EWTOPIA 75 Trial: Lowering LDL-Cholesterol with Ezetimibe Prevents Cardiovascular Events in the Elderly

Mandana Chitsazan, M.D.
By Mandana Chitsazan, M.D. on

Individuals older than 75 years treated with ezetimibe had a significantly lower risk of atherosclerotic cardiovascular events over 4 years compared with standard care, according to the results of the EWTOPIA 75 trial recently published in Circulation.

A recent post hoc analysis of the IMPROVE-IT trial has revealed beneficial effects of adding ezetimibe to simvastatin in patients older than 75 years hospitalized for an acute coronary syndrome (ACS). However, evidence regarding the primary prevention of coronary artery disease events by intense low-density lipoprotein cholesterol (LDL-C) lowering therapy in the elderly is limited. The EWTOPIA 75 trial aimed to assess the utility of ezetimibe for the primary prevention of atherosclerotic cardiovascular events in the elderly.

This multicenter, prospective, and blinded RCT was conducted at 363 medical centers in Japan. Patients aged ≥ 75 years, with elevated LDL-C and without any history of coronary artery disease were assigned in a 1:1 ratio to receive a once-daily dose of ezetimibe 10 mg as well as dietary counseling versus dietary counseling alone (control group). The primary outcome was a composite of sudden cardiac death, fatal/nonfatal myocardial infarction, coronary revascularization, or fatal/nonfatal stroke. Some of the secondary outcomes included any components of the primary outcome, all-cause mortality, all-cause hospitalizations, atrial fibrillation, incident malignancy, and adverse effects.

Overall, data from 1716 patients in the ezetimibe group and 1695 patients in the control group were included in the analysis. Median follow-up was 4.1 years. Ezetimibe significantly reduced the incidence of the primary outcome of interest (hazard ratio [HR], 0.66; 95% CI, 0.50–0.86; P = 0.002). Regarding the secondary outcomes, the incidences of composite cardiac events (HR, 0.60; 95% CI, 0.37–0.98; P = 0.039) and coronary revascularization (HR, 0.38; 95% CI, 0.18–0.79; P = 0.007) were lower in the ezetimibe group compared with the control group. Two groups were comparable in regard to the risk for stroke, all-cause mortality, or adverse events.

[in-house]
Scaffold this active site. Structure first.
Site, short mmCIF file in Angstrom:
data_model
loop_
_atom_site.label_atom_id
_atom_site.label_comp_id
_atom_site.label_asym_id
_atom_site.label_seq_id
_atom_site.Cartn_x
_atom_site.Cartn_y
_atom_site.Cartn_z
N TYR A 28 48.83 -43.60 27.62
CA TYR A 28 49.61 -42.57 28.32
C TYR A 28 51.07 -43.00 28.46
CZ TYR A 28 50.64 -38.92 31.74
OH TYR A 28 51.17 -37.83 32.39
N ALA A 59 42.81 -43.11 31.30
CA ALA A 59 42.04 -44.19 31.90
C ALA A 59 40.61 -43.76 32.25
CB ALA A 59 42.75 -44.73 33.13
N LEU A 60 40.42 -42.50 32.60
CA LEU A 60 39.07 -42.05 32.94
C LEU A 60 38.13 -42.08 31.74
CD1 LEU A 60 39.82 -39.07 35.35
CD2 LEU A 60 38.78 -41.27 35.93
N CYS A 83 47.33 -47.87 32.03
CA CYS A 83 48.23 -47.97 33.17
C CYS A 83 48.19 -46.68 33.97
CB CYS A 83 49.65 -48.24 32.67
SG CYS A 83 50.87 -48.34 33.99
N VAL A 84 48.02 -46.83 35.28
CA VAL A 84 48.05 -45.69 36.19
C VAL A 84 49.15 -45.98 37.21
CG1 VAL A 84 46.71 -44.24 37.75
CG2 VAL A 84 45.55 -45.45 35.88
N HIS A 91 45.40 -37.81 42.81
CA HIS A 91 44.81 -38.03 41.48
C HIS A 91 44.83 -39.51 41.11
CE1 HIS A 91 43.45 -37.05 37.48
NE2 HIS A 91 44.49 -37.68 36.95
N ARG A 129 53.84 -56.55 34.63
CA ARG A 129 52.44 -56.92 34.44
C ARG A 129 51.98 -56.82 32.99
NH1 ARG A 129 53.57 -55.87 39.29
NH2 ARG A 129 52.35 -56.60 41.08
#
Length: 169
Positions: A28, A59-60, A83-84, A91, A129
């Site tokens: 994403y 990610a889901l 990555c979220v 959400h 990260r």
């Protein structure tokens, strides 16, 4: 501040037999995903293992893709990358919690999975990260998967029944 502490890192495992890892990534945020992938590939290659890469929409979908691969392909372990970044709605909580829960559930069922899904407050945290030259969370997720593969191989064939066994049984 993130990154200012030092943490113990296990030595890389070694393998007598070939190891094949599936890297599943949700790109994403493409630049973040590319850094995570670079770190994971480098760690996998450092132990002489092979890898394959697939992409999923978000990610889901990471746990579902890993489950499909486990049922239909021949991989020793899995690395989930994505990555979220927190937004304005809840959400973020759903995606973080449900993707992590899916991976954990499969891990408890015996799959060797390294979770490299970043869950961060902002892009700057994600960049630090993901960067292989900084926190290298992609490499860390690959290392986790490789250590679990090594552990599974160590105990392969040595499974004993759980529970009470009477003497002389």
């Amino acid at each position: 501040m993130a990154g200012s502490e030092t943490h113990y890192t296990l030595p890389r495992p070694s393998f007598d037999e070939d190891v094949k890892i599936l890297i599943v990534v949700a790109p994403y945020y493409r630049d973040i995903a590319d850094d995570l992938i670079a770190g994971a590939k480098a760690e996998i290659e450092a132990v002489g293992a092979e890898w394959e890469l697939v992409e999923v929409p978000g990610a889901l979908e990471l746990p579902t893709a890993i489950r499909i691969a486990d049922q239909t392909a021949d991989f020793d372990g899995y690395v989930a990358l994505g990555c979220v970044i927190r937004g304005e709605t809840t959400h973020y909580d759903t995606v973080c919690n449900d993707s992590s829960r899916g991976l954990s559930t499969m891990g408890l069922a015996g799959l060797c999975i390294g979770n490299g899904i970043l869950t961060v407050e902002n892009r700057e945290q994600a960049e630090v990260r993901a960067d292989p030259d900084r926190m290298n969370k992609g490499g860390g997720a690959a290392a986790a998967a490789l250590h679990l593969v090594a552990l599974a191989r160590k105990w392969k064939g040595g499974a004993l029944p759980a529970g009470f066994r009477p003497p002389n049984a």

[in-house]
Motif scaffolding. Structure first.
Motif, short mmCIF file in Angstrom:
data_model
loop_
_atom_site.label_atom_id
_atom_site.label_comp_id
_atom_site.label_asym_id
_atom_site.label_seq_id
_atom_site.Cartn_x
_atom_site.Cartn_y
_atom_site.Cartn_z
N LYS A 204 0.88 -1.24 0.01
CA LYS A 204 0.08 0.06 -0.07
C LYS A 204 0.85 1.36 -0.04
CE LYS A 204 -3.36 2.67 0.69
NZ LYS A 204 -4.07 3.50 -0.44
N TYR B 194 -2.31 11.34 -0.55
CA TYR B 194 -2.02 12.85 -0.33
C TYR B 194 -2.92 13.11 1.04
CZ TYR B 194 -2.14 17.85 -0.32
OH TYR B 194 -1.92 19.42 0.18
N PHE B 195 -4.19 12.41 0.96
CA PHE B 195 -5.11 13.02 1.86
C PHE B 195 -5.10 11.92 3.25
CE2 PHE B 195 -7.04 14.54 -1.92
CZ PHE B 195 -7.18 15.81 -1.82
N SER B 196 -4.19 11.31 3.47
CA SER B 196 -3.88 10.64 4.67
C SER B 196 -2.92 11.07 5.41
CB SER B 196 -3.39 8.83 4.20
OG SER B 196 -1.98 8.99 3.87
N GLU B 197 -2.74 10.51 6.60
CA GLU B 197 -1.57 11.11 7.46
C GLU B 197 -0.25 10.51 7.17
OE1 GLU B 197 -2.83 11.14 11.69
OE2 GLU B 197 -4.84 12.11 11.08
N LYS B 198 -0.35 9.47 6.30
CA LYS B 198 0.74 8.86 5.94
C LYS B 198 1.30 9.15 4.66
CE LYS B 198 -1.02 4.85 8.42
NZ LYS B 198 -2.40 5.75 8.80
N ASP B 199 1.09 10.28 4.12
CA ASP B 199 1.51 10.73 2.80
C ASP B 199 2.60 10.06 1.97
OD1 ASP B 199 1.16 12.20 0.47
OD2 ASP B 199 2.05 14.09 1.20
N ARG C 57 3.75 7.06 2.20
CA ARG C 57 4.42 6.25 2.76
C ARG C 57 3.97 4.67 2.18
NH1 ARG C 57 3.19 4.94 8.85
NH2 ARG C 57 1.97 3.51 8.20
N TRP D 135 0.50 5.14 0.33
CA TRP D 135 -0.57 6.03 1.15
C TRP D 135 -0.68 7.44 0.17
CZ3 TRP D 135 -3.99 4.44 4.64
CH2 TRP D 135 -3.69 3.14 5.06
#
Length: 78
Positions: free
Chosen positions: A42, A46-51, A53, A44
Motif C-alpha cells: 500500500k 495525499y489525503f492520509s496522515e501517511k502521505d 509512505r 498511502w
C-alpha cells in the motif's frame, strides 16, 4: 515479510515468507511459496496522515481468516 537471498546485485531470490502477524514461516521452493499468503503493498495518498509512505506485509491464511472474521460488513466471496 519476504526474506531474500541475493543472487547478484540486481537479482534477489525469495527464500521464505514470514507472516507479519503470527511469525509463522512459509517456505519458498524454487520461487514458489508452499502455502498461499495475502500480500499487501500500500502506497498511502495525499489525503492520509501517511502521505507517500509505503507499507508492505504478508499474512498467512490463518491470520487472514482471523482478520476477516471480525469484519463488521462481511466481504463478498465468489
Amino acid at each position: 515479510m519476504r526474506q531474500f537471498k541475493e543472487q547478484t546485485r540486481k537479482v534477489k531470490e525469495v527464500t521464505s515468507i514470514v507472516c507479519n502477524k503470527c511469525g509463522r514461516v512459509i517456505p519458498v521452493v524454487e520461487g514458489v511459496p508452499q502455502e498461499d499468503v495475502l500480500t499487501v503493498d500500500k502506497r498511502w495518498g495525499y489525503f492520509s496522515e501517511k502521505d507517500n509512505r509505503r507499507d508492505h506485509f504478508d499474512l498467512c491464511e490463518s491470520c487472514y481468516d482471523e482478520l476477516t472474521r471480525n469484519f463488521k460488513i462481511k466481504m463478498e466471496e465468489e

This is the first RCT demonstrating that LDL-C–lowering therapy with ezetimibe prevented cardiovascular events in older individuals aged ≥ 75 years with elevated LDL-C. Moreover, ezetimibe was well tolerated and did not increase the incidence of adverse events as compared with the control group”, the investigators concluded.

The study had some significant limitations. Only outcome assessors were blinded. The investigators did not use a matching placebo in the control group. Moreover, the number of lost to follow up and excluded cases after randomization were quite high. All the patients were Japanese and therefore, the results might not be generalizable to other ethnicities. Lastly, the trial ended up sooner while less than 65% of the desired sample size was recruited.



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